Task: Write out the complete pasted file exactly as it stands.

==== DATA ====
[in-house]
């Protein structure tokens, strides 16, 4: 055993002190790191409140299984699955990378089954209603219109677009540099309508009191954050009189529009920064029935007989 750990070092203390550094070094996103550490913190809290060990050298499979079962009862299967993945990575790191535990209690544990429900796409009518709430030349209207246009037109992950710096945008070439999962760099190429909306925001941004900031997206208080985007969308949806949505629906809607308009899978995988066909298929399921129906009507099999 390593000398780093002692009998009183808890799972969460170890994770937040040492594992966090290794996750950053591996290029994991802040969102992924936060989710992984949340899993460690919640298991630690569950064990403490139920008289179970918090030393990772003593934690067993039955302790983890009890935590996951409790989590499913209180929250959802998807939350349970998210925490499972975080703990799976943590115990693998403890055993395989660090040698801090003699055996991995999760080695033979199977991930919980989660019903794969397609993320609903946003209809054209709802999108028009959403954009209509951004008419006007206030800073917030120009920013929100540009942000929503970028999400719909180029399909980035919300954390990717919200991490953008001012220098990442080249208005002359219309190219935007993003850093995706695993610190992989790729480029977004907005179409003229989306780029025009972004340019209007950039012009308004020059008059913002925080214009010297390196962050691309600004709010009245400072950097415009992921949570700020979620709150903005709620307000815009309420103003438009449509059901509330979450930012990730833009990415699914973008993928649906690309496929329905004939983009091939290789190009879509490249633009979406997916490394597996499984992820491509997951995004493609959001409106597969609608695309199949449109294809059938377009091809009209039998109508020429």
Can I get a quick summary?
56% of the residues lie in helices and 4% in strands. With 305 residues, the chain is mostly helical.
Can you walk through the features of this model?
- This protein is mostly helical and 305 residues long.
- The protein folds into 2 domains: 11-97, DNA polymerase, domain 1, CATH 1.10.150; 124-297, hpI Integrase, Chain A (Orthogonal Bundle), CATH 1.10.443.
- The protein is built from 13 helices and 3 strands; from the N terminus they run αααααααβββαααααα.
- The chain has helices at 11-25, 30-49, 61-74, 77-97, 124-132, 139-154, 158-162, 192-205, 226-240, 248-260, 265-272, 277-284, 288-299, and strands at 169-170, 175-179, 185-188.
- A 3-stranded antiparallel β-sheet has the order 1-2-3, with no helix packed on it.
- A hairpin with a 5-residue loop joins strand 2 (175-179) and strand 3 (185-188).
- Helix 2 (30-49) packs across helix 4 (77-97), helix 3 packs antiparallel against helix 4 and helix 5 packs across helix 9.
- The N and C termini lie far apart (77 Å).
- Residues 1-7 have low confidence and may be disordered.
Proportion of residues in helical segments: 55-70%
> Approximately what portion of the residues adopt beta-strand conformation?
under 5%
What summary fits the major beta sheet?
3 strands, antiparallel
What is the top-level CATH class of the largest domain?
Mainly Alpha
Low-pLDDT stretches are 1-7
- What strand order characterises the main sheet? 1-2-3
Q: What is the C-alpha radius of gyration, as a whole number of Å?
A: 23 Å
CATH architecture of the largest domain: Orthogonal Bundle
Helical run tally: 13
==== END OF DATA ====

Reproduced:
[in-house]
């Protein structure tokens, strides 16, 4: 055993002190790191409140299984699955990378089954209603219109677009540099309508009191954050009189529009920064029935007989 750990070092203390550094070094996103550490913190809290060990050298499979079962009862299967993945990575790191535990209690544990429900796409009518709430030349209207246009037109992950710096945008070439999962760099190429909306925001941004900031997206208080985007969308949806949505629906809607308009899978995988066909298929399921129906009507099999 390593000398780093002692009998009183808890799972969460170890994770937040040492594992966090290794996750950053591996290029994991802040969102992924936060989710992984949340899993460690919640298991630690569950064990403490139920008289179970918090030393990772003593934690067993039955302790983890009890935590996951409790989590499913209180929250959802998807939350349970998210925490499972975080703990799976943590115990693998403890055993395989660090040698801090003699055996991995999760080695033979199977991930919980989660019903794969397609993320609903946003209809054209709802999108028009959403954009209509951004008419006007206030800073917030120009920013929100540009942000929503970028999400719909180029399909980035919300954390990717919200991490953008001012220098990442080249208005002359219309190219935007993003850093995706695993610190992989790729480029977004907005179409003229989306780029025009972004340019209007950039012009308004020059008059913002925080214009010297390196962050691309600004709010009245400072950097415009992921949570700020979620709150903005709620307000815009309420103003438009449509059901509330979450930012990730833009990415699914973008993928649906690309496929329905004939983009091939290789190009879509490249633009979406997916490394597996499984992820491509997951995004493609959001409106597969609608695309199949449109294809059938377009091809009209039998109508020429």
Can I get a quick summary?
56% of the residues lie in helices and 4% in strands. With 305 residues, the chain is mostly helical.
Can you walk through the features of this model?
- This protein is mostly helical and 305 residues long.
- The protein folds into 2 domains: 11-97, DNA polymerase, domain 1, CATH 1.10.150; 124-297, hpI Integrase, Chain A (Orthogonal Bundle), CATH 1.10.443.
- The protein is built from 13 helices and 3 strands; from the N terminus they run αααααααβββαααααα.
- The chain has helices at 11-25, 30-49, 61-74, 77-97, 124-132, 139-154, 158-162, 192-205, 226-240, 248-260, 265-272, 277-284, 288-299, and strands at 169-170, 175-179, 185-188.
- A 3-stranded antiparallel β-sheet has the order 1-2-3, with no helix packed on it.
- A hairpin with a 5-residue loop joins strand 2 (175-179) and strand 3 (185-188).
- Helix 2 (30-49) packs across helix 4 (77-97), helix 3 packs antiparallel against helix 4 and helix 5 packs across helix 9.
- The N and C termini lie far apart (77 Å).
- Residues 1-7 have low confidence and may be disordered.
Proportion of residues in helical segments: 55-70%
> Approximately what portion of the residues adopt beta-strand conformation?
under 5%
What summary fits the major beta sheet?
3 strands, antiparallel
What is the top-level CATH class of the largest domain?
Mainly Alpha
Low-pLDDT stretches are 1-7
- What strand order characterises the main sheet? 1-2-3
Q: What is the C-alpha radius of gyration, as a whole number of Å?
A: 23 Å
CATH architecture of the largest domain: Orthogonal Bundle
Helical run tally: 13